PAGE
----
EMP weapons get a lot of hype these days, but it’s mostly Hollywood hype. The real weapons don’t live up to their reputation.
There are two main problems with EMP weapons. The first is that it’s very difficult to generate a powerful EMP. You pretty much need a nuke to make an effective EMP weapon. Without a nuke, you are limited to teeny tiny EMP weapons that are only effective over a very small range.
The second problem is the inverse square law. Your EMP drops off at a rate equal to the square of the distance. In other words, at 2 feet away it has 1/4th the power it had at 1 foot away, at 3 feet it’s 1/9th, at 4 feet it is 1/16th, etc. Because the power level drops off so quickly, EMP weapons, even with a nuke, don’t have a huge area of effect.
One consequence of this is possibly a fatal flaw in your plan. You are thinking that electronic devices will be valuable because of scarcity after the big EMP attack. Even with a massive EMP attack all over the world, you are going to have so many devices in areas that aren’t affected that your electronic devices aren’t going to really be all that rare or valuable.
That said, you may still want to protect your own devices from EMP just because they are your own devices.
As you suspected, you need a Faraday cage. Any completely enclosed conductive metal box will act as a Faraday cage. You may need to check something like a fire safe or other types of metal boxes (like a tool box) because sometimes holes for things like the lock will let certain frequencies in.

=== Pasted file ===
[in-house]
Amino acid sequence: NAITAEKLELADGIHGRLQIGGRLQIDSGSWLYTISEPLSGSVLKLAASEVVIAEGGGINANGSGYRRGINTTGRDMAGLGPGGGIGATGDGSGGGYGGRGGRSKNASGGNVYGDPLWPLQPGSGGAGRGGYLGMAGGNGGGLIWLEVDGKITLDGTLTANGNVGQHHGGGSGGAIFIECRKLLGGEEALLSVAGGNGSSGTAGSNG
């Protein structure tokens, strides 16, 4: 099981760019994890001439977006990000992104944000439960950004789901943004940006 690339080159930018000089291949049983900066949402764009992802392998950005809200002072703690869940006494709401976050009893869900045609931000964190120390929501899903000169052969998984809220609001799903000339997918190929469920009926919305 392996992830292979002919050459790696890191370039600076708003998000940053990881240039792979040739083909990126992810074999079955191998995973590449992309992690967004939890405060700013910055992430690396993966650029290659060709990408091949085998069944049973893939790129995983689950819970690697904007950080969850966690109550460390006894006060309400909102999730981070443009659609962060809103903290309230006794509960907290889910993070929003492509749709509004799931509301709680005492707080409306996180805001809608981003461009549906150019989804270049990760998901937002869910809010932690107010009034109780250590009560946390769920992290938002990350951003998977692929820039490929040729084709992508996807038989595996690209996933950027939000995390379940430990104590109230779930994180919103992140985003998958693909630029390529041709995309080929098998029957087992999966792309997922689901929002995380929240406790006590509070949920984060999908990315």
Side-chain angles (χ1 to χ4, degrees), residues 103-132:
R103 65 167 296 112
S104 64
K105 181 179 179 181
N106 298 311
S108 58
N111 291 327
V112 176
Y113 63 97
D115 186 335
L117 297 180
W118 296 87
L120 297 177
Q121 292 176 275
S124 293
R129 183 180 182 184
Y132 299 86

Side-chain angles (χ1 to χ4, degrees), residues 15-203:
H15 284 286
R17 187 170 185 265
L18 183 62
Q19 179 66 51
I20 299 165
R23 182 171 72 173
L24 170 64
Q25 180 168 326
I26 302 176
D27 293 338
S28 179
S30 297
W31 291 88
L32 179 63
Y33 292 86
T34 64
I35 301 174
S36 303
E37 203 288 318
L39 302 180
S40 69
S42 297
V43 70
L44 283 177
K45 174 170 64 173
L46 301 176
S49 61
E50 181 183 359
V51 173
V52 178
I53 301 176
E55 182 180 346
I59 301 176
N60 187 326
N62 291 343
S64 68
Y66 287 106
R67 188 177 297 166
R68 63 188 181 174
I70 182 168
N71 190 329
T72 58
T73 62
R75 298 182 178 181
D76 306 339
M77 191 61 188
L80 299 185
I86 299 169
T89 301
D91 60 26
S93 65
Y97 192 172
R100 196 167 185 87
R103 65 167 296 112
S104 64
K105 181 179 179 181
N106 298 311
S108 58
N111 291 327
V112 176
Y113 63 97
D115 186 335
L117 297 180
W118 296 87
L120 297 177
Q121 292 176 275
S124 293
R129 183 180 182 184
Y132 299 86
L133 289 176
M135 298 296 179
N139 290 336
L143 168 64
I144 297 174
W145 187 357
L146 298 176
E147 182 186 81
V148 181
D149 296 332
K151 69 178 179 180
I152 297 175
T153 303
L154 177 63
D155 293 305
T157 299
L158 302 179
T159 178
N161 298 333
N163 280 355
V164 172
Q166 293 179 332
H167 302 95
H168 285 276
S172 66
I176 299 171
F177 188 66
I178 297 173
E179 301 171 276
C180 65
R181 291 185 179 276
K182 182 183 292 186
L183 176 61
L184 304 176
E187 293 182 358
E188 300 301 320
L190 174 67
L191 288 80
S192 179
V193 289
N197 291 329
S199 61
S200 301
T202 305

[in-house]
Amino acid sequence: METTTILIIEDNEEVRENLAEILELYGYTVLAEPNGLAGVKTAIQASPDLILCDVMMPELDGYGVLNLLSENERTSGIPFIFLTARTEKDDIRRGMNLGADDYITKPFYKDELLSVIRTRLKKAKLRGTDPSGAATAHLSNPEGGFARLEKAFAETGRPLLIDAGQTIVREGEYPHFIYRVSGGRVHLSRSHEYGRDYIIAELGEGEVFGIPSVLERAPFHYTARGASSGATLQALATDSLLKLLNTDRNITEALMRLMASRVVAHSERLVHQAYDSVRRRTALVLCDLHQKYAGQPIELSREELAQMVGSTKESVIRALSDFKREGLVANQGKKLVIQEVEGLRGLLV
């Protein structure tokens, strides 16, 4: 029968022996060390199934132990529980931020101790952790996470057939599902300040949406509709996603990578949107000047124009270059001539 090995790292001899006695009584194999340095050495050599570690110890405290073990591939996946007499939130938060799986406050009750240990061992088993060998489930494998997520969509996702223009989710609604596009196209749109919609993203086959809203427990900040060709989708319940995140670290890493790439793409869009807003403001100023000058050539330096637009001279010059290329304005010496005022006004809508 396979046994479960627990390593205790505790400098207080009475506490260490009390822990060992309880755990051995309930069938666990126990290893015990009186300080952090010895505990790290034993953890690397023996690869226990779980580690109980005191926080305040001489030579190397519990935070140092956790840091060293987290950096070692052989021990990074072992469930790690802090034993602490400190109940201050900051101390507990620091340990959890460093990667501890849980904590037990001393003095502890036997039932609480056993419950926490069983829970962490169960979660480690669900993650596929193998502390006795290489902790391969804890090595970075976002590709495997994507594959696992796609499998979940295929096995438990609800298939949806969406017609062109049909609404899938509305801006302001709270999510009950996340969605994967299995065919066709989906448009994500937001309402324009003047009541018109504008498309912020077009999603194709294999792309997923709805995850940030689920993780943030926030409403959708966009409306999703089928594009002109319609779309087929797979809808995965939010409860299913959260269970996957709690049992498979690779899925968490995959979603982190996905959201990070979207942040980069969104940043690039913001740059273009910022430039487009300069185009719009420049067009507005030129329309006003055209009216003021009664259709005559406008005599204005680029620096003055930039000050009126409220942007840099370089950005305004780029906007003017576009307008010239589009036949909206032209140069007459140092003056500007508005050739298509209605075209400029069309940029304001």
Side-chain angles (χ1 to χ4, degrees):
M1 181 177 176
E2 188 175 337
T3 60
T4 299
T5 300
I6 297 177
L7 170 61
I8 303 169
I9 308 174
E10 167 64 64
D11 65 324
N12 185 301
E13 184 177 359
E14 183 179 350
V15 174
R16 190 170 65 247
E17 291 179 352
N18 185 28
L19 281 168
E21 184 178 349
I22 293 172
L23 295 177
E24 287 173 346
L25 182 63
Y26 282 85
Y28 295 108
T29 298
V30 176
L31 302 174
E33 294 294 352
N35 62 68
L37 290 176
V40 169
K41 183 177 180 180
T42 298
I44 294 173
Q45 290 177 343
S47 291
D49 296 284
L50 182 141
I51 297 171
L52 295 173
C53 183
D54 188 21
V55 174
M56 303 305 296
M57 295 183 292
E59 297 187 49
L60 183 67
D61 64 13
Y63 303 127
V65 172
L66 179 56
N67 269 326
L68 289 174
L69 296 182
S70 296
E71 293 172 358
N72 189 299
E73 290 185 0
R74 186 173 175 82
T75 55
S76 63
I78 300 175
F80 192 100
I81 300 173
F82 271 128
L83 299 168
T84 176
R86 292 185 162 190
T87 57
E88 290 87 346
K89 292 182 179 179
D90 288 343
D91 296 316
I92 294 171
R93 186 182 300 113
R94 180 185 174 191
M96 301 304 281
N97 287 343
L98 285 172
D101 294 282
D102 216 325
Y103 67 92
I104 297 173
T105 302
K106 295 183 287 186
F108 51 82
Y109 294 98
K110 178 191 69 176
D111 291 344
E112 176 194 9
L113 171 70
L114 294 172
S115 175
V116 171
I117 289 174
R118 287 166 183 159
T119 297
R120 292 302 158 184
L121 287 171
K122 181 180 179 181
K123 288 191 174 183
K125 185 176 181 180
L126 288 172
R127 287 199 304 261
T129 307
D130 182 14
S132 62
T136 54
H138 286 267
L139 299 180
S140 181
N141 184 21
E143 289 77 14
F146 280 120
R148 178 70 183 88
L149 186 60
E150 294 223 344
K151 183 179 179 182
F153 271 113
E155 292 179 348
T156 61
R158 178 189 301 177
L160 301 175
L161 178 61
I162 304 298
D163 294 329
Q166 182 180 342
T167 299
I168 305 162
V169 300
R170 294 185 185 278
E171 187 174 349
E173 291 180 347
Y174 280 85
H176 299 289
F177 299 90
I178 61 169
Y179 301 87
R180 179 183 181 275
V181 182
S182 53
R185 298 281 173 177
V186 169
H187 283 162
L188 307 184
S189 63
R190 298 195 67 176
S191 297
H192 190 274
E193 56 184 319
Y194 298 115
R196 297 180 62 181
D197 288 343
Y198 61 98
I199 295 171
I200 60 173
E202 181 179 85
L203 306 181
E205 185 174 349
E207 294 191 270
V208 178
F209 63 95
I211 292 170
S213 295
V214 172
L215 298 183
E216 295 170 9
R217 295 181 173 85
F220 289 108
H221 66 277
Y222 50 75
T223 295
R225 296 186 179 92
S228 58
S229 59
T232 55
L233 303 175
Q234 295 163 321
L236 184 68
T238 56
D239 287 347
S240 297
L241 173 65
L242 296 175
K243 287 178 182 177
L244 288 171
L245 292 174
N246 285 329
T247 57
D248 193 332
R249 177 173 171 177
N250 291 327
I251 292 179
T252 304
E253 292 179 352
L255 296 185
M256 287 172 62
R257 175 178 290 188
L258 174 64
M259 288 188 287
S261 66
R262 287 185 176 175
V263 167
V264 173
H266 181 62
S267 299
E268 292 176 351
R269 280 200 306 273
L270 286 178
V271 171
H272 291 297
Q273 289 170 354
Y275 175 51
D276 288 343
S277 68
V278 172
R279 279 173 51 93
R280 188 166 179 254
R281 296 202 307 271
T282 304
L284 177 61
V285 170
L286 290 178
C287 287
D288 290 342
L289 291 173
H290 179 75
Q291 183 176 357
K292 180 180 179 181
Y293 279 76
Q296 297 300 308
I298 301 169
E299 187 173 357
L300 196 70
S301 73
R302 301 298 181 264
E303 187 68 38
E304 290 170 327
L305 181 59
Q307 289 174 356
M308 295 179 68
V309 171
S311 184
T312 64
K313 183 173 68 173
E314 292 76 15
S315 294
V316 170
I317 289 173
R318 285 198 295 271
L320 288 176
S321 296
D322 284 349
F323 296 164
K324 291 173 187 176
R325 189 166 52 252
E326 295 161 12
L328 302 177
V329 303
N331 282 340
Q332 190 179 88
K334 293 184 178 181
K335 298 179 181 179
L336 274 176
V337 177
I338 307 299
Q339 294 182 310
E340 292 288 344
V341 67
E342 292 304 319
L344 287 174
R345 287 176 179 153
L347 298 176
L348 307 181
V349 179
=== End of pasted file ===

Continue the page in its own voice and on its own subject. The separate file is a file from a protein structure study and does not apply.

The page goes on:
You need to take special precautions for any cables and such that might go in and out of your Faraday cage as well. If you have some electronic device that you are trying to keep powered up, just drilling a hole in the side of your Faraday cage and shoving the power cable through there is just asking for trouble.
You might want to move into some sort of steel frame building too. Steel frame buildings with metal roofs make excellent natural Faraday cages. They will shelter you from much of the EMP even if the building has windows and such in it. If you know of some building that is really annoying because your cell phone never works inside of it, that’s perfect.
I poked around on the net and didn’t find anything that I would call a good article on Faraday cages, unfortunately. The concept is pretty simple, though. The energy is going to flow around the surface of the box, leaving everything inside unharmed. Basically, a Faraday cage keeps everything from outside from getting in. It also works to keep anything inside the box from getting out. Your computer case, for example, is required to act like a Faraday cage of sorts, so that radio waves generated by your computer (caused by things like sharp square waves on clock signals on your motherboard) don’t radiate out and cause interference to other stuff in your home.
Vacuum tubes work with higher voltages internally, so if you zap one with some high voltages across its conductive materials it won’t be damaged anywhere near as easily as something like a silicon transistor. However, vacuum tubes are not completely immune to EMP. Zap a vacuum tube with a big enough EMP and you will fry it.
Vacuum tube devices are getting pretty rare these days. Unfortunately, this also means that the audio whackos who think that vacuum tubes make the sound better are going to be the only folks with a working stereo system after the big EMP blast.